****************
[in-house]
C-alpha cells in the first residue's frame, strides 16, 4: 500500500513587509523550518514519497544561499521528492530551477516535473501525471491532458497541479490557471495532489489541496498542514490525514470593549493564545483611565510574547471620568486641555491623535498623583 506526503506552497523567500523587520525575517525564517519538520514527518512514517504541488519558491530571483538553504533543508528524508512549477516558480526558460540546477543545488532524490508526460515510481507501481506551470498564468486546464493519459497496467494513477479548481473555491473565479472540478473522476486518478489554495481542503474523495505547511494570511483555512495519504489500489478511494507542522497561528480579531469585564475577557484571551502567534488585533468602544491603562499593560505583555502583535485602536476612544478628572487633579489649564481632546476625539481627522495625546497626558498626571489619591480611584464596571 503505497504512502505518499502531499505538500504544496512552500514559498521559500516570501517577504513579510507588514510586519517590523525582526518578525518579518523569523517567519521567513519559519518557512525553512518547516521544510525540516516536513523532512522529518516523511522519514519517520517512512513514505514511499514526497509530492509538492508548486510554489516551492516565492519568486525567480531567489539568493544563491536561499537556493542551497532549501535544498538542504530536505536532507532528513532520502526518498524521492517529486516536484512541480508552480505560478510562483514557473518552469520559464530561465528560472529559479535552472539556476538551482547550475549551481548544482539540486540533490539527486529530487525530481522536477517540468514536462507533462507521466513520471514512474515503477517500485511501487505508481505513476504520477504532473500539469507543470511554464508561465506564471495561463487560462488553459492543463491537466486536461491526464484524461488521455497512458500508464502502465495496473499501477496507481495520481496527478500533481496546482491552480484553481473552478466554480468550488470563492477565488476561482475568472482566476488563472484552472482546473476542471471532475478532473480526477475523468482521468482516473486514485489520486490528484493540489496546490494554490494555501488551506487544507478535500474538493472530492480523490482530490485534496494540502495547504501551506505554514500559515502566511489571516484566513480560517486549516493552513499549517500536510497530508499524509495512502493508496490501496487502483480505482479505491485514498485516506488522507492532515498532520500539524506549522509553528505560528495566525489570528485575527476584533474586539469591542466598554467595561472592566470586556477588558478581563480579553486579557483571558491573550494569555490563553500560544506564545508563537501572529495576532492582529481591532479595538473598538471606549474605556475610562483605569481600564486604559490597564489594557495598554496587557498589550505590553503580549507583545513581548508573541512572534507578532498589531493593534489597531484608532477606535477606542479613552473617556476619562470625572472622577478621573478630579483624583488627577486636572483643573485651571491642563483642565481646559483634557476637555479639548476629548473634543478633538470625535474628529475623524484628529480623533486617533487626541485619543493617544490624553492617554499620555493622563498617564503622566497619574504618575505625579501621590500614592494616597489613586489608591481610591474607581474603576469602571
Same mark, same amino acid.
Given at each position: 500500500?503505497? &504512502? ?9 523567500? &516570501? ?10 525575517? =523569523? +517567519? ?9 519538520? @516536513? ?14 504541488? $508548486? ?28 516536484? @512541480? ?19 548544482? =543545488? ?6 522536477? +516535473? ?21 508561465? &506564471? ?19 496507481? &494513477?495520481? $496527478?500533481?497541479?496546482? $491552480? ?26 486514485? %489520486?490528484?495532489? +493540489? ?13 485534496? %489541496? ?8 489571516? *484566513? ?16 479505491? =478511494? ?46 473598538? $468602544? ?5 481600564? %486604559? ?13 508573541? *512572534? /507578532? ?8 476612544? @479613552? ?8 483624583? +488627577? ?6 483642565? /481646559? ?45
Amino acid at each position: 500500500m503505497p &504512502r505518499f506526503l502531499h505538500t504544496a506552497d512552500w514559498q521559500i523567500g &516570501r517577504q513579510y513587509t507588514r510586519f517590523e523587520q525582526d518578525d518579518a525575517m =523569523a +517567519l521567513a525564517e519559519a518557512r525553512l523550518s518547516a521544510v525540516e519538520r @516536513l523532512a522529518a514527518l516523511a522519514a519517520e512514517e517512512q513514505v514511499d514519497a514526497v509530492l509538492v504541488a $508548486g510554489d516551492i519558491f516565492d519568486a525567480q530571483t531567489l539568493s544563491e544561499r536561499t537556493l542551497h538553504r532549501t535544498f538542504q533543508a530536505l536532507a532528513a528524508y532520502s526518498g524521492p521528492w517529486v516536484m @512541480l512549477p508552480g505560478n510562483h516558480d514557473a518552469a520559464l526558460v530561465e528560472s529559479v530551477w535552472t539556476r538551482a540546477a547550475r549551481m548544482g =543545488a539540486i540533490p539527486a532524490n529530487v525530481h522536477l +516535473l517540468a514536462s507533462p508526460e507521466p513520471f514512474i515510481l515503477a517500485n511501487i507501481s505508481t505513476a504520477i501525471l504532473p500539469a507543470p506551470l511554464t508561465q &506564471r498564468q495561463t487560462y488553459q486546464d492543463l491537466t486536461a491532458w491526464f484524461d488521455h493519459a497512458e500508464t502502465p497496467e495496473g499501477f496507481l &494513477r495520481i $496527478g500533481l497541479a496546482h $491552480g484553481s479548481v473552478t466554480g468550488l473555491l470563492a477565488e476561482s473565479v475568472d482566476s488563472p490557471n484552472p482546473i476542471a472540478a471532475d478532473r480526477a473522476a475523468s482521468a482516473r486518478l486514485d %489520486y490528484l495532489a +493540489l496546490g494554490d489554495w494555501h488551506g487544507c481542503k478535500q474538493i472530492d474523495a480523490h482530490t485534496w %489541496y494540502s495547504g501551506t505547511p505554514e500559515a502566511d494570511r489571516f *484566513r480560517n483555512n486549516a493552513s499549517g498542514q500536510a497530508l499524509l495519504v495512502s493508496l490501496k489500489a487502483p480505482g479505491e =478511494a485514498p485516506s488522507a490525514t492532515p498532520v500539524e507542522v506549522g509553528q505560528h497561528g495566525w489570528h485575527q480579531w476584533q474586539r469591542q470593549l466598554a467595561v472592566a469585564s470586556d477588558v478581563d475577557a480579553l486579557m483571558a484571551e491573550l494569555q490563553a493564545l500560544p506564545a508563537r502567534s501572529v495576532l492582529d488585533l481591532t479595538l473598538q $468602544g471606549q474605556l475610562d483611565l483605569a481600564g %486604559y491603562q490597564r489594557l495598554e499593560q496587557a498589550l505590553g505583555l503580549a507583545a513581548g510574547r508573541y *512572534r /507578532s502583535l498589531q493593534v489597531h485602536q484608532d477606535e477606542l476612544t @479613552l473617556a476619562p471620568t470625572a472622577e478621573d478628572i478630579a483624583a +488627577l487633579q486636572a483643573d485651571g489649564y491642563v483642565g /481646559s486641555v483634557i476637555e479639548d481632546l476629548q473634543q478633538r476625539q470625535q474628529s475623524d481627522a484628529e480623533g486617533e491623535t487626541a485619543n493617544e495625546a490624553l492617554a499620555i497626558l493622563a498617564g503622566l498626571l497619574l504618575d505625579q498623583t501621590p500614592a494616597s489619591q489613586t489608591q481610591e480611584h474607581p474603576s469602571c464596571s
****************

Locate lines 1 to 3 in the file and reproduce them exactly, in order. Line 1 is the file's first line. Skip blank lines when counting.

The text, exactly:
[in-house]
C-alpha cells in the first residue's frame, strides 16, 4: 500500500513587509523550518514519497544561499521528492530551477516535473501525471491532458497541479490557471495532489489541496498542514490525514470593549493564545483611565510574547471620568486641555491623535498623583 506526503506552497523567500523587520525575517525564517519538520514527518512514517504541488519558491530571483538553504533543508528524508512549477516558480526558460540546477543545488532524490508526460515510481507501481506551470498564468486546464493519459497496467494513477479548481473555491473565479472540478473522476486518478489554495481542503474523495505547511494570511483555512495519504489500489478511494507542522497561528480579531469585564475577557484571551502567534488585533468602544491603562499593560505583555502583535485602536476612544478628572487633579489649564481632546476625539481627522495625546497626558498626571489619591480611584464596571 503505497504512502505518499502531499505538500504544496512552500514559498521559500516570501517577504513579510507588514510586519517590523525582526518578525518579518523569523517567519521567513519559519518557512525553512518547516521544510525540516516536513523532512522529518516523511522519514519517520517512512513514505514511499514526497509530492509538492508548486510554489516551492516565492519568486525567480531567489539568493544563491536561499537556493542551497532549501535544498538542504530536505536532507532528513532520502526518498524521492517529486516536484512541480508552480505560478510562483514557473518552469520559464530561465528560472529559479535552472539556476538551482547550475549551481548544482539540486540533490539527486529530487525530481522536477517540468514536462507533462507521466513520471514512474515503477517500485511501487505508481505513476504520477504532473500539469507543470511554464508561465506564471495561463487560462488553459492543463491537466486536461491526464484524461488521455497512458500508464502502465495496473499501477496507481495520481496527478500533481496546482491552480484553481473552478466554480468550488470563492477565488476561482475568472482566476488563472484552472482546473476542471471532475478532473480526477475523468482521468482516473486514485489520486490528484493540489496546490494554490494555501488551506487544507478535500474538493472530492480523490482530490485534496494540502495547504501551506505554514500559515502566511489571516484566513480560517486549516493552513499549517500536510497530508499524509495512502493508496490501496487502483480505482479505491485514498485516506488522507492532515498532520500539524506549522509553528505560528495566525489570528485575527476584533474586539469591542466598554467595561472592566470586556477588558478581563480579553486579557483571558491573550494569555490563553500560544506564545508563537501572529495576532492582529481591532479595538473598538471606549474605556475610562483605569481600564486604559490597564489594557495598554496587557498589550505590553503580549507583545513581548508573541512572534507578532498589531493593534489597531484608532477606535477606542479613552473617556476619562470625572472622577478621573478630579483624583488627577486636572483643573485651571491642563483642565481646559483634557476637555479639548476629548473634543478633538470625535474628529475623524484628529480623533486617533487626541485619543493617544490624553492617554499620555493622563498617564503622566497619574504618575505625579501621590500614592494616597489613586489608591481610591474607581474603576469602571
Same mark, same amino acid.